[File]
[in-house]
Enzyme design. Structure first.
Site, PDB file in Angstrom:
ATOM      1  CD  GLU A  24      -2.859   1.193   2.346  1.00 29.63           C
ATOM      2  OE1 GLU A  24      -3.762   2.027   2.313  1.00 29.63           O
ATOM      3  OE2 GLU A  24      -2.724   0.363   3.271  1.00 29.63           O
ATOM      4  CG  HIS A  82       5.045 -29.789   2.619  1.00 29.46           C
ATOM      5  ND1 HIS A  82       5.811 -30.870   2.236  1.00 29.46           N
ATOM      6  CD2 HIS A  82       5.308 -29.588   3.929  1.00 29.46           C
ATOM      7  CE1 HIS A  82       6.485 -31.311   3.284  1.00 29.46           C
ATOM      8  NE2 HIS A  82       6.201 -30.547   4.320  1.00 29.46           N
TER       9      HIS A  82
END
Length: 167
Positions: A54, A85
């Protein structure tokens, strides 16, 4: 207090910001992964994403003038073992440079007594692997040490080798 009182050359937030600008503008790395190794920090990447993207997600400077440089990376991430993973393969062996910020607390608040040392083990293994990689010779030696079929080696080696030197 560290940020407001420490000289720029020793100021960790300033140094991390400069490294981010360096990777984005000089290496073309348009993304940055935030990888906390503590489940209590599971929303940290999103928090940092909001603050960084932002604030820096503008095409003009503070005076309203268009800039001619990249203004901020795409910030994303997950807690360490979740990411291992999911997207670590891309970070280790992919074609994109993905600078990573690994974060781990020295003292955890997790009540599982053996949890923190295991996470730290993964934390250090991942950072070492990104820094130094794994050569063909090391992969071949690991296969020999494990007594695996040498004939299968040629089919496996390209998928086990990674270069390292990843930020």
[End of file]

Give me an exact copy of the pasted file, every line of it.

[in-house]
Enzyme design. Structure first.
Site, PDB file in Angstrom:
ATOM      1  CD  GLU A  24      -2.859   1.193   2.346  1.00 29.63           C
ATOM      2  OE1 GLU A  24      -3.762   2.027   2.313  1.00 29.63           O
ATOM      3  OE2 GLU A  24      -2.724   0.363   3.271  1.00 29.63           O
ATOM      4  CG  HIS A  82       5.045 -29.789   2.619  1.00 29.46           C
ATOM      5  ND1 HIS A  82       5.811 -30.870   2.236  1.00 29.46           N
ATOM      6  CD2 HIS A  82       5.308 -29.588   3.929  1.00 29.46           C
ATOM      7  CE1 HIS A  82       6.485 -31.311   3.284  1.00 29.46           C
ATOM      8  NE2 HIS A  82       6.201 -30.547   4.320  1.00 29.46           N
TER       9      HIS A  82
END
Length: 167
Positions: A54, A85
């Protein structure tokens, strides 16, 4: 207090910001992964994403003038073992440079007594692997040490080798 009182050359937030600008503008790395190794920090990447993207997600400077440089990376991430993973393969062996910020607390608040040392083990293994990689010779030696079929080696080696030197 560290940020407001420490000289720029020793100021960790300033140094991390400069490294981010360096990777984005000089290496073309348009993304940055935030990888906390503590489940209590599971929303940290999103928090940092909001603050960084932002604030820096503008095409003009503070005076309203268009800039001619990249203004901020795409910030994303997950807690360490979740990411291992999911997207670590891309970070280790992919074609994109993905600078990573690994974060781990020295003292955890997790009540599982053996949890923190295991996470730290993964934390250090991942950072070492990104820094130094794994050569063909090391992969071949690991296969020999494990007594695996040498004939299968040629089919496996390209998928086990990674270069390292990843930020």